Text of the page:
36.  Given the nature of the concerns raised during our inquiry by NGOs and the medical profession regarding the detention of victims, we are concerned that those who allege that they are victims of violence against women and girls are being detained through the fast-track process and recommend a review of the screening process for this as a matter of urgency. (Paragraph 221)

37.  We recommend the Government amends the guidance for interviews to raise the importance of making female interpreters available for cases of violence against women and girls. The current state of using them when 'operationally possible' is not satisfactory and means that their provision is not high enough a priority. The Government should also amend the guidance to make the responsible authorities have a responsibility to provide crèche type childcare at venues where screening takes place. Through the Inter-Ministerial Group, the Government should monitor the training, the number of reversals of decisions made, and the extent to which the guidance for immigration officials is properly followed to ensure a change of culture. (Paragraph 222)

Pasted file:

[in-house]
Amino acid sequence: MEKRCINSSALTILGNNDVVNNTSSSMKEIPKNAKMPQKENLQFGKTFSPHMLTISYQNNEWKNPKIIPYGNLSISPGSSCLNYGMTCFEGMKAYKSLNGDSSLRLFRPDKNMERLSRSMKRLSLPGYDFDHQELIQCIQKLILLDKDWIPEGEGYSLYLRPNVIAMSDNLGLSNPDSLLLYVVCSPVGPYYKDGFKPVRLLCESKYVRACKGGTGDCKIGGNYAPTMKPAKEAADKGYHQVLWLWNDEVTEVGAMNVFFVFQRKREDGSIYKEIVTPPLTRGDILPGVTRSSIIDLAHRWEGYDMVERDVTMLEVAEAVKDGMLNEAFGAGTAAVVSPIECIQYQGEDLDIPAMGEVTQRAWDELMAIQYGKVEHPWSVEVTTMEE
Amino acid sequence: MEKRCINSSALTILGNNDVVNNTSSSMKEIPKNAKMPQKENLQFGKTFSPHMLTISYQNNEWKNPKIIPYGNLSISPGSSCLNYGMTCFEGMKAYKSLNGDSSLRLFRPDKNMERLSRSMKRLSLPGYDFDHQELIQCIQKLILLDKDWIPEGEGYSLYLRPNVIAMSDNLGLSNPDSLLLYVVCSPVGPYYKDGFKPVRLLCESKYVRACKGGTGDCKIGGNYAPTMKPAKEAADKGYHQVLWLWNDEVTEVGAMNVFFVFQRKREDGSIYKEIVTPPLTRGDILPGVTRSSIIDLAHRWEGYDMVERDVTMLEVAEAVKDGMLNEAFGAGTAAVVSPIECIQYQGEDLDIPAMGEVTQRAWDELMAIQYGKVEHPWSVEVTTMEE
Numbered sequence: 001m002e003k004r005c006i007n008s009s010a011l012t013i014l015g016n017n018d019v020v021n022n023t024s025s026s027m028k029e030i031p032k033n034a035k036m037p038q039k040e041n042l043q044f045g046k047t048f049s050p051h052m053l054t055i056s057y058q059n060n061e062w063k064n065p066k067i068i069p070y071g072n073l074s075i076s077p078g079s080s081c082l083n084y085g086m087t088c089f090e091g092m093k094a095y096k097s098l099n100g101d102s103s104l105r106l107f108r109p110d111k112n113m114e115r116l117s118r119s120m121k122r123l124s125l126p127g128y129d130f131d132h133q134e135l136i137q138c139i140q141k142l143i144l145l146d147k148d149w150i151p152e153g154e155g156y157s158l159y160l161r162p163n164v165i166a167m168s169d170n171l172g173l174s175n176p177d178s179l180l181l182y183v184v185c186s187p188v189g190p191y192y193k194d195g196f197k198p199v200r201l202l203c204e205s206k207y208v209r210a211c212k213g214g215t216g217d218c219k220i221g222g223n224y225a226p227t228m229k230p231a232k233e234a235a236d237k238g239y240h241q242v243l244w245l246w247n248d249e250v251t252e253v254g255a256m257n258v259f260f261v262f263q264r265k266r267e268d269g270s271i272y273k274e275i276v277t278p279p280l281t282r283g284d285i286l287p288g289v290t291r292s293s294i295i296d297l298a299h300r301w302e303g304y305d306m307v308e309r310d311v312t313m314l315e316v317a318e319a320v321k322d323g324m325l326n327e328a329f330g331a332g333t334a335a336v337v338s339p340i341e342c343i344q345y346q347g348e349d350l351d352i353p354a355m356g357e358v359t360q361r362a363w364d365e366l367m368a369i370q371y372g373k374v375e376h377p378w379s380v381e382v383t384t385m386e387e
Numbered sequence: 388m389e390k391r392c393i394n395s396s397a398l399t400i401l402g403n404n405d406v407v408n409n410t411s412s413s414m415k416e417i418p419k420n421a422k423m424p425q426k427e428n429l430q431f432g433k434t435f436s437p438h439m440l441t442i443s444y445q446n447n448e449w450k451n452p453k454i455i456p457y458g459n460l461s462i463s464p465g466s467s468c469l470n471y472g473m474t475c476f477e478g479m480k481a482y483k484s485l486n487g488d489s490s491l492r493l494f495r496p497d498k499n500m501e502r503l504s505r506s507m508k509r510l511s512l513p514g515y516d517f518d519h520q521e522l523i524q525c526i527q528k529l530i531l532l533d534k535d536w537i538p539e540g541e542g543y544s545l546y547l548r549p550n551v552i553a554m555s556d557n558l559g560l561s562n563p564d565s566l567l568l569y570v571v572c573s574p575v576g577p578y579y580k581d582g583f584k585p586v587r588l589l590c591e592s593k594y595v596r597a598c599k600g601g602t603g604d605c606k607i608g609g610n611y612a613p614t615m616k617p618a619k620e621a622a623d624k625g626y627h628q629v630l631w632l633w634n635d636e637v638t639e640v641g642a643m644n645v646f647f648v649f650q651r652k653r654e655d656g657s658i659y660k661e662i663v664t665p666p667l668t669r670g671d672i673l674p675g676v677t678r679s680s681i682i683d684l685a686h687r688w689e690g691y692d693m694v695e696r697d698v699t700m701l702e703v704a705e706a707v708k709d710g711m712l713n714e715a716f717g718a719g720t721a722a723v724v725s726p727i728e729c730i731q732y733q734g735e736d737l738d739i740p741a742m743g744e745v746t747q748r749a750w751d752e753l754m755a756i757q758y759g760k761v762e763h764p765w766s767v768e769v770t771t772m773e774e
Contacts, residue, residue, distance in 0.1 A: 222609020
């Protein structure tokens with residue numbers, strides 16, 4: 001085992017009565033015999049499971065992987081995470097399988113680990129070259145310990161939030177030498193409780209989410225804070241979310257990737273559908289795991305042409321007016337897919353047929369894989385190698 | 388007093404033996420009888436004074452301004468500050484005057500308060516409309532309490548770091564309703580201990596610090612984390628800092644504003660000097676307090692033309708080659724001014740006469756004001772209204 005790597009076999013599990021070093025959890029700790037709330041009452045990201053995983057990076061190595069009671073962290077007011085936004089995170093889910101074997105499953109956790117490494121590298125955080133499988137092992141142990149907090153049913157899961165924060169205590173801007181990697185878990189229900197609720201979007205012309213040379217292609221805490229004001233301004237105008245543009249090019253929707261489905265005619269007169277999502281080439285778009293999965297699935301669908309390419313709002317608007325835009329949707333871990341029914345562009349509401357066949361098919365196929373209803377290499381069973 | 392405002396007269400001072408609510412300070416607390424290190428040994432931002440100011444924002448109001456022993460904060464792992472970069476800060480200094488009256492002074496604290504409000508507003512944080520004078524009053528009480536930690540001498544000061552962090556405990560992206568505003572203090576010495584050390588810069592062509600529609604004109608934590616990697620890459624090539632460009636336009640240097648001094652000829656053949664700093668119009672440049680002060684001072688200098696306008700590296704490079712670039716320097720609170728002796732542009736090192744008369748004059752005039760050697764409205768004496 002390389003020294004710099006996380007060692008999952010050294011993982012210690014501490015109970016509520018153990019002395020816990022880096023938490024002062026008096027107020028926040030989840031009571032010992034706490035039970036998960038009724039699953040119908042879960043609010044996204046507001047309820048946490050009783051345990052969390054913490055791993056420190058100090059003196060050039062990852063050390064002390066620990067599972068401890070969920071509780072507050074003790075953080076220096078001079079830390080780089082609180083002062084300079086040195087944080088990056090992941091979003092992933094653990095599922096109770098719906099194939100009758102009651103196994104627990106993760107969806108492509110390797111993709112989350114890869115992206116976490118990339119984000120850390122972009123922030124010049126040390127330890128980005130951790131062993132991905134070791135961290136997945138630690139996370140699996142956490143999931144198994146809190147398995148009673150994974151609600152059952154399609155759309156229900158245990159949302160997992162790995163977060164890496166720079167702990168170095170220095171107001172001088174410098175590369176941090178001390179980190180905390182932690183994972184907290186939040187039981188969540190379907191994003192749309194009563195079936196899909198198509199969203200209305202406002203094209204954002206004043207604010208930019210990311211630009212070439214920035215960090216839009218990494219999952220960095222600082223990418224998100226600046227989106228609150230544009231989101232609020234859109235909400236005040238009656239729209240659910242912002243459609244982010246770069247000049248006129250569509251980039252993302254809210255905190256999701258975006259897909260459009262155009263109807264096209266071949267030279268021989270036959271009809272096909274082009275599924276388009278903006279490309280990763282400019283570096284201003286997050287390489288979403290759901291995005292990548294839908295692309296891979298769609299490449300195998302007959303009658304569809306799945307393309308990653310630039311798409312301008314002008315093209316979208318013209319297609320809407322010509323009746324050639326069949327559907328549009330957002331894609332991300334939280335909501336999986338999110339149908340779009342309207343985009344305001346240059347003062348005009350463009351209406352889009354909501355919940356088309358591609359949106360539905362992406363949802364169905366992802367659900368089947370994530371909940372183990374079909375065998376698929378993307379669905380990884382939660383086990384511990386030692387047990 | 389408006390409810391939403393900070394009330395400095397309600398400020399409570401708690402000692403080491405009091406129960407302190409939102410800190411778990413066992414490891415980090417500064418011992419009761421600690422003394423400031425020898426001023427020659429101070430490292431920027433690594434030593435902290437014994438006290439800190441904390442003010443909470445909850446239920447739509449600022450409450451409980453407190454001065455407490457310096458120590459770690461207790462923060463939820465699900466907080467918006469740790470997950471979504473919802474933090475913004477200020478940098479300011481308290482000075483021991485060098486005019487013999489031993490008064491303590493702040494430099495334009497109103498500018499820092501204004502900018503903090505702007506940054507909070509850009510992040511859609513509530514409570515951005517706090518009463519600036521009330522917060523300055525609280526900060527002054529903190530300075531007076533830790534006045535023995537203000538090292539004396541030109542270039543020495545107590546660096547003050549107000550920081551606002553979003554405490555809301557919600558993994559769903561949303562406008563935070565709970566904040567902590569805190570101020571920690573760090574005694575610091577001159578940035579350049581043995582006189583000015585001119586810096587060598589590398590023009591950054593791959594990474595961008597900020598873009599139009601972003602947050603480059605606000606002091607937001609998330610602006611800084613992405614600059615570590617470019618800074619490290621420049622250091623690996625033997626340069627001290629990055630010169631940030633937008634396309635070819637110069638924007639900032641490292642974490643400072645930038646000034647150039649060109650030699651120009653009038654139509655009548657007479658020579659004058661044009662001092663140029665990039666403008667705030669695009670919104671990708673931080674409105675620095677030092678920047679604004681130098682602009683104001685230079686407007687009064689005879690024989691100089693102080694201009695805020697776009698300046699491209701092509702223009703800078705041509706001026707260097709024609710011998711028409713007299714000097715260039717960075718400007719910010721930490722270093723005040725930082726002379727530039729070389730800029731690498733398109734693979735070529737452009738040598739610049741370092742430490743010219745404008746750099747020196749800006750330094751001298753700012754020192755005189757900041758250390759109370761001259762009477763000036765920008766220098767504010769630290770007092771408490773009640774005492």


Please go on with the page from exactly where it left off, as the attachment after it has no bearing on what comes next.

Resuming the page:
38.  We are concerned by the Government's lack of engagement with devolved administrations regarding the ratification of the Istanbul Convention because they are responsible for implementing the same positive obligations in their territories. This strengthens our earlier recommendation that the work of the Inter-Ministerial Group should be broadened to include questions of compliance of devolved policy with the Istanbul Convention. (Paragraph 229)